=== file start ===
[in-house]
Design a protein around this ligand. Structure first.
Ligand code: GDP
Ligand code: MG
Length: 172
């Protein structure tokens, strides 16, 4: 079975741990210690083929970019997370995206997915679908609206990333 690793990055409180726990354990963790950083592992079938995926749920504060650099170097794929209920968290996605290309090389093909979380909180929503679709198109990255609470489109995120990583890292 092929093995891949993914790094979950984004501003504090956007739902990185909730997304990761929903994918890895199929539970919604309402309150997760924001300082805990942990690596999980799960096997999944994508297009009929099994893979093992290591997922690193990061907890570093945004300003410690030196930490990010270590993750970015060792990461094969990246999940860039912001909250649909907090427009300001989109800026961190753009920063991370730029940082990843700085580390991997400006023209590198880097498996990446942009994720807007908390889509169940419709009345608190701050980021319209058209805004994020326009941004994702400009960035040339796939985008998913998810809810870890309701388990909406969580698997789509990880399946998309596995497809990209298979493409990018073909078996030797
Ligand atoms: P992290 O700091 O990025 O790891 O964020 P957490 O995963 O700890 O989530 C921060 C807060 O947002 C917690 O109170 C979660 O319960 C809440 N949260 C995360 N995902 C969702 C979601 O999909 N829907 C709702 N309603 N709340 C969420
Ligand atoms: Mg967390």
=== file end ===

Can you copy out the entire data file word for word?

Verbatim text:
[in-house]
Design a protein around this ligand. Structure first.
Ligand code: GDP
Ligand code: MG
Length: 172
């Protein structure tokens, strides 16, 4: 079975741990210690083929970019997370995206997915679908609206990333 690793990055409180726990354990963790950083592992079938995926749920504060650099170097794929209920968290996605290309090389093909979380909180929503679709198109990255609470489109995120990583890292 092929093995891949993914790094979950984004501003504090956007739902990185909730997304990761929903994918890895199929539970919604309402309150997760924001300082805990942990690596999980799960096997999944994508297009009929099994893979093992290591997922690193990061907890570093945004300003410690030196930490990010270590993750970015060792990461094969990246999940860039912001909250649909907090427009300001989109800026961190753009920063991370730029940082990843700085580390991997400006023209590198880097498996990446942009994720807007908390889509169940419709009345608190701050980021319209058209805004994020326009941004994702400009960035040339796939985008998913998810809810870890309701388990909406969580698997789509990880399946998309596995497809990209298979493409990018073909078996030797
Ligand atoms: P992290 O700091 O990025 O790891 O964020 P957490 O995963 O700890 O989530 C921060 C807060 O947002 C917690 O109170 C979660 O319960 C809440 N949260 C995360 N995902 C969702 C979601 O999909 N829907 C709702 N309603 N709340 C969420
Ligand atoms: Mg967390």